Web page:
Research into the detection of subtle lameness in racehorses and new methods of monitoring equine tendon injury and healing are among the research projects to be funded in 2013 by the Grayson-Jockey Club Research Foundation.
The racing industry in North America has long been one of the most significant contributors of funding for equine research projects that help improve the health and welfare of horses, through the development of targeted treatments, refined diagnostics and an improved understanding of equine disease processes.
This year’s supported projects include an assessment of Acoustoelastography (AEG) as a tool in monitoring tendon strength and healing. By monitoring superficial digital flexor tendon (SDFT) injuries in a group of horses with AEG over a 6-12 month period, researchers at the University of Wisconsin–Madison will evaluate the role that this non-invasive assessment technique could play in the rehabilitation process through the detection of tendon strength and integrity.
Another research project, which will be lead by Dr. Kevin Keegan at the University of Missouri, will work on the development of an objective, low-cost method for distinguishing obscure, subtle lameness in horses at the gallop.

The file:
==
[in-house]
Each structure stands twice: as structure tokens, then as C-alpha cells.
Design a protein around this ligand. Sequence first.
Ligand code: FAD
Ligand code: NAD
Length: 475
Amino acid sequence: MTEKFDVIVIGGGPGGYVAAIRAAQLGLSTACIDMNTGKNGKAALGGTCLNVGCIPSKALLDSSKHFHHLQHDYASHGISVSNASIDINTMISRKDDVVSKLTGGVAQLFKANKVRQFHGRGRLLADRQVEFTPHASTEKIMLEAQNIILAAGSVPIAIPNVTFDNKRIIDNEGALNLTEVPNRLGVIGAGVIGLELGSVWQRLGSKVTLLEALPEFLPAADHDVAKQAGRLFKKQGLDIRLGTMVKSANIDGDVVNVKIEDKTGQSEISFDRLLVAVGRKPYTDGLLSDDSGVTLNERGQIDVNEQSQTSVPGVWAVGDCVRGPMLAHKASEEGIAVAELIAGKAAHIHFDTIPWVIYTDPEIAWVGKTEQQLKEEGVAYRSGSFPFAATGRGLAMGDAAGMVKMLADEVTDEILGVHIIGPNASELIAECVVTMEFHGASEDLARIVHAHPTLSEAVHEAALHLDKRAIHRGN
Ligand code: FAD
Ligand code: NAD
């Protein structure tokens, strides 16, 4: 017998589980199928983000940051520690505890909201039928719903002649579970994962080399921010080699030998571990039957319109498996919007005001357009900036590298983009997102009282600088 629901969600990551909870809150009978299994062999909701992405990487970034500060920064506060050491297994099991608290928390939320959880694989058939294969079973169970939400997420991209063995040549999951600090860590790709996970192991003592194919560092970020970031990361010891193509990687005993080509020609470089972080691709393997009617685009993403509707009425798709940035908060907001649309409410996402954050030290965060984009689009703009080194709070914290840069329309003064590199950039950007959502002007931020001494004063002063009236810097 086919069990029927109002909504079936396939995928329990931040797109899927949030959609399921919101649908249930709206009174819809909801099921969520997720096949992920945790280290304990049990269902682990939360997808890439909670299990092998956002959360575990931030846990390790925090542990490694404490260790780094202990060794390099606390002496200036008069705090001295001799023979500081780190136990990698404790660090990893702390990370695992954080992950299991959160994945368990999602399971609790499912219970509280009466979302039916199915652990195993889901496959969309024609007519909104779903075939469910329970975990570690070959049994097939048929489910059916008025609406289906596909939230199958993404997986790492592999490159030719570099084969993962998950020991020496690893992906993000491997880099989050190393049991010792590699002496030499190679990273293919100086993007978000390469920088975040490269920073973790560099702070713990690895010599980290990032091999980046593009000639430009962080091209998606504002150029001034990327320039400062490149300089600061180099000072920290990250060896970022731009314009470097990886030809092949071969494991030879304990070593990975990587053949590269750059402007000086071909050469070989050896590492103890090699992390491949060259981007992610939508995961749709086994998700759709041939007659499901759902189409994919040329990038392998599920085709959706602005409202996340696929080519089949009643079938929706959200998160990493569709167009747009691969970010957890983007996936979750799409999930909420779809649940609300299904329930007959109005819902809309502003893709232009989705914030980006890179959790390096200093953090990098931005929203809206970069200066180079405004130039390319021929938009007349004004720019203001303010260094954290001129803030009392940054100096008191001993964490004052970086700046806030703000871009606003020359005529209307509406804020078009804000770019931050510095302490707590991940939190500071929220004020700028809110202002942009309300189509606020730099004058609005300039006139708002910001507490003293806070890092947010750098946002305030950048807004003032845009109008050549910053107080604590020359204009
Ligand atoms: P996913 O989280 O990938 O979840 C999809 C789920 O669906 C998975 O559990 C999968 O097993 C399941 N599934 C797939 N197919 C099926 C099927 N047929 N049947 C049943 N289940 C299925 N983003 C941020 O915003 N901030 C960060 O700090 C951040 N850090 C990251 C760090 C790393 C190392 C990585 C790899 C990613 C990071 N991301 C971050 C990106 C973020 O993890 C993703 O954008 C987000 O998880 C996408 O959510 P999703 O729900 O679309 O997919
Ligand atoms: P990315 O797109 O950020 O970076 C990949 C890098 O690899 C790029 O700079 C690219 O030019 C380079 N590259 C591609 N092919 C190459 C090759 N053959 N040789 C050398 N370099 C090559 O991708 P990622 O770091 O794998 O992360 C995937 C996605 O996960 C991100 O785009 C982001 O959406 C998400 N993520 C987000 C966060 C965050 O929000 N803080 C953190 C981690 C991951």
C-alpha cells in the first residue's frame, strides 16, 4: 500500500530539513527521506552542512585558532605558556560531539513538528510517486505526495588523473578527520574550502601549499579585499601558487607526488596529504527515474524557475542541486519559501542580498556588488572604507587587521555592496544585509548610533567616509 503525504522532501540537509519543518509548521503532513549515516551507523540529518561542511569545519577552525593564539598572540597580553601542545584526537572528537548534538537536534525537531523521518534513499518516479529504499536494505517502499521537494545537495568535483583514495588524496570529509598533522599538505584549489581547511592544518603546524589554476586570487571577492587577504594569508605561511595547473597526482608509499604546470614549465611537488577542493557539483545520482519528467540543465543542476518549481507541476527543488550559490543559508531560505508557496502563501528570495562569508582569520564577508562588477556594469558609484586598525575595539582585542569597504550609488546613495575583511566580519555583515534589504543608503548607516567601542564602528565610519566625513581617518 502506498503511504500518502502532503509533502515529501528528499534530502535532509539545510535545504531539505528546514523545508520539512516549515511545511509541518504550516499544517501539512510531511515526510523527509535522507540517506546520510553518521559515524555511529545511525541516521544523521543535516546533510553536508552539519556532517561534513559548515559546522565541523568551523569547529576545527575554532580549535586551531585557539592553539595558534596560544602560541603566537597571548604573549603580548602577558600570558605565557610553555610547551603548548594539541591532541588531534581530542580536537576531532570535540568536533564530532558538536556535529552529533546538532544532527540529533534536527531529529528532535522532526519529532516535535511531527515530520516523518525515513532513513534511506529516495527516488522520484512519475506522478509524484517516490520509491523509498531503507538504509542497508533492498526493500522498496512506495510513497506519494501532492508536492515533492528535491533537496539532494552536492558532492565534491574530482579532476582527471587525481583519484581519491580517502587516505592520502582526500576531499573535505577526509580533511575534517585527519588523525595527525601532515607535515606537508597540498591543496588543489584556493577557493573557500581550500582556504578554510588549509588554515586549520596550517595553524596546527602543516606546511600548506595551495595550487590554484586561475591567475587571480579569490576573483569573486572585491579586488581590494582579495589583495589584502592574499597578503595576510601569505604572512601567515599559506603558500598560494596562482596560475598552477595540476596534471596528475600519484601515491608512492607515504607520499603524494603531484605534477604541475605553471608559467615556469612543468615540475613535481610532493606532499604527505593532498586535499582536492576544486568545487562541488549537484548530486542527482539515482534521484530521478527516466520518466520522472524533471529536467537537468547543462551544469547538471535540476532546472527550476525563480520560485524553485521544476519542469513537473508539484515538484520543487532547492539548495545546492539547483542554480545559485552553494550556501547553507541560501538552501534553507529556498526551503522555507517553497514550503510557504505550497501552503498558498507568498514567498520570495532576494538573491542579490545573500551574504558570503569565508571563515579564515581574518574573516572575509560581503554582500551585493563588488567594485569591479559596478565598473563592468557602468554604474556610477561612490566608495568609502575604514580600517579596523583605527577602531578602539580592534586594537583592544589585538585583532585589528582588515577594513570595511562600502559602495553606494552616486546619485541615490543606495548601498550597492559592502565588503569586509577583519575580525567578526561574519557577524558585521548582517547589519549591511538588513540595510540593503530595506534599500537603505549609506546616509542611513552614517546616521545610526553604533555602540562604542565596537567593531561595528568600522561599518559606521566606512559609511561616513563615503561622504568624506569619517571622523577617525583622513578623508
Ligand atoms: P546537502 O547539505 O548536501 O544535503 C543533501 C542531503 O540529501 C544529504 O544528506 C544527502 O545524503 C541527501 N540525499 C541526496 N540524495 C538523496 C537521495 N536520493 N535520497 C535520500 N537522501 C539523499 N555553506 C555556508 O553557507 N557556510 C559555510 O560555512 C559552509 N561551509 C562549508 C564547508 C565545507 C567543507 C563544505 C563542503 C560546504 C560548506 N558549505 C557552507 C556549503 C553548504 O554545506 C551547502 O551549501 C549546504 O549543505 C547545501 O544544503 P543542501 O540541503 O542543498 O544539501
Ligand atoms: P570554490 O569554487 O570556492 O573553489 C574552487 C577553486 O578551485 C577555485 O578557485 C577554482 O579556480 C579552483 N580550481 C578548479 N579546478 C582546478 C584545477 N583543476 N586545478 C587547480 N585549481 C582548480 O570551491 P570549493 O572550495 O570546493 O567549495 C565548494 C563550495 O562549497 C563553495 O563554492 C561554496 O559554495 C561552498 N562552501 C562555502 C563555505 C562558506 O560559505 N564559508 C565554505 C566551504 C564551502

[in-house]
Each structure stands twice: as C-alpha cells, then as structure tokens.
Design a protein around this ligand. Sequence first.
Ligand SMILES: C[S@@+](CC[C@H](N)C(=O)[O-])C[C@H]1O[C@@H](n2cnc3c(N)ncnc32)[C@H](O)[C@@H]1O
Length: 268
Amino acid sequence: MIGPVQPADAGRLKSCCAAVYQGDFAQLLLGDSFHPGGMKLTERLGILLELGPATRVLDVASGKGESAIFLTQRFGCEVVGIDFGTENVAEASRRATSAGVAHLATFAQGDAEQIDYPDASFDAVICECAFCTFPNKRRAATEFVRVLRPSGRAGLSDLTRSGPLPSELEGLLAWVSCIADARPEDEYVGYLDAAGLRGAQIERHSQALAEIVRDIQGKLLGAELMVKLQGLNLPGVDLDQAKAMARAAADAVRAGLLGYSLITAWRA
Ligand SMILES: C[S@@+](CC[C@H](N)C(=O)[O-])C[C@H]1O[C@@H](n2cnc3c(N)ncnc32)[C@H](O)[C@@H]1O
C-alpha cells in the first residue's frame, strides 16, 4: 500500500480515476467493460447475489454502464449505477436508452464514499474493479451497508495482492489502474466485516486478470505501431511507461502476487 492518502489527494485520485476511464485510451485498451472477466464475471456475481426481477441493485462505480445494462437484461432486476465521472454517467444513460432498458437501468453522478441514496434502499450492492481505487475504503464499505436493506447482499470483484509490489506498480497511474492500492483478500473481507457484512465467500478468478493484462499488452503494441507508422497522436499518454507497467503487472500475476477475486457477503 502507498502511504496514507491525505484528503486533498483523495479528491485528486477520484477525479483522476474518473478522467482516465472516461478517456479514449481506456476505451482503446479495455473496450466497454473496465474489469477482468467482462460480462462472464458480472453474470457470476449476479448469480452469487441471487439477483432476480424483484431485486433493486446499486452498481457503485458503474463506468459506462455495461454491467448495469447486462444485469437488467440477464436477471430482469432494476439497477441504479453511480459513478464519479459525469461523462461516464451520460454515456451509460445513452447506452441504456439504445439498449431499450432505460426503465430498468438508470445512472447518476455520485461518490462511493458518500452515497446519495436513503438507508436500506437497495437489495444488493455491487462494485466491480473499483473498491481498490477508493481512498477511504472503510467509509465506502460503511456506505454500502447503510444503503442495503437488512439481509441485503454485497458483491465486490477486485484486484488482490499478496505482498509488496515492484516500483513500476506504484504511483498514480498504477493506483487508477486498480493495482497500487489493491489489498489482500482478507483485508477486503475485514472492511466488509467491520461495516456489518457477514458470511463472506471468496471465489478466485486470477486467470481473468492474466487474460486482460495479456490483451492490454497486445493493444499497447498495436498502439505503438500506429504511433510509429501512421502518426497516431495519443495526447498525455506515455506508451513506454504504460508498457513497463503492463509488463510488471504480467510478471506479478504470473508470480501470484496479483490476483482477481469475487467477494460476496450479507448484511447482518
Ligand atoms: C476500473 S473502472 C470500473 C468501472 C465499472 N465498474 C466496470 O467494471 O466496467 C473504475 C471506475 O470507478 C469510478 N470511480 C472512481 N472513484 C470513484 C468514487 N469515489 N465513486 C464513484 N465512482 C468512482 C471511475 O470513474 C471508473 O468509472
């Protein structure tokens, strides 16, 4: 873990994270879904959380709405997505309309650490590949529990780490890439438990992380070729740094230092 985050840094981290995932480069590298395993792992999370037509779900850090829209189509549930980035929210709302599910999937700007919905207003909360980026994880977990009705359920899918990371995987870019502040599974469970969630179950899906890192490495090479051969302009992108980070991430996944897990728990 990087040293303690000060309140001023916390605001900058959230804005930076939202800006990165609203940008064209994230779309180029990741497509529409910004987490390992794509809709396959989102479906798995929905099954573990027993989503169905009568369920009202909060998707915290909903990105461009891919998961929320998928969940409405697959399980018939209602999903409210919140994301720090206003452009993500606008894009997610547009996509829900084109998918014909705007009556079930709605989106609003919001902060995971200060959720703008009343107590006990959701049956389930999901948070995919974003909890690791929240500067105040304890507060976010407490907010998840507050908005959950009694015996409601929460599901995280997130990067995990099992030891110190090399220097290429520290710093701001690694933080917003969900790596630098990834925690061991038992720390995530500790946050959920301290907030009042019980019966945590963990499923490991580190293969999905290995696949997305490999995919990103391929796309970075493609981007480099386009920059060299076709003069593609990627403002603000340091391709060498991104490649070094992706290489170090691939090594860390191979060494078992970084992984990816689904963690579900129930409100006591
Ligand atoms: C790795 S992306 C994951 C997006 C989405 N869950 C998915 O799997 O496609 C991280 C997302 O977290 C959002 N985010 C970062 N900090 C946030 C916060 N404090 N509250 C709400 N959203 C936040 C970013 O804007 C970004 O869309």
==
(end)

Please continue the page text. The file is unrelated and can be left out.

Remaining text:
The US Grayson-Jockey Club Research foundation will contribute over $800,000 this year towards 12 new, and 5 ongoing research projects. Other supported projects include further investigations into cervical vertebral stenotic myelopathy (CVSM) or “Wobbler’s”, the neurologic form of Equine Herpesvirus-1 (EHM), laminitis, and the treatment of ulcers with Omeprazole. (A full list of research projects is available on their site).
With the future of Canada’s horseracing industry in jeopardy due to the Ontario government’s abrupt cancellation of the revenue-sharing Slots-At-Racetracks partnership in the province, the level of funding for equine research here is sadly expected to drop. Currently, approximately 80 percent of the money that supports research at Equine Guelph is tied to racing.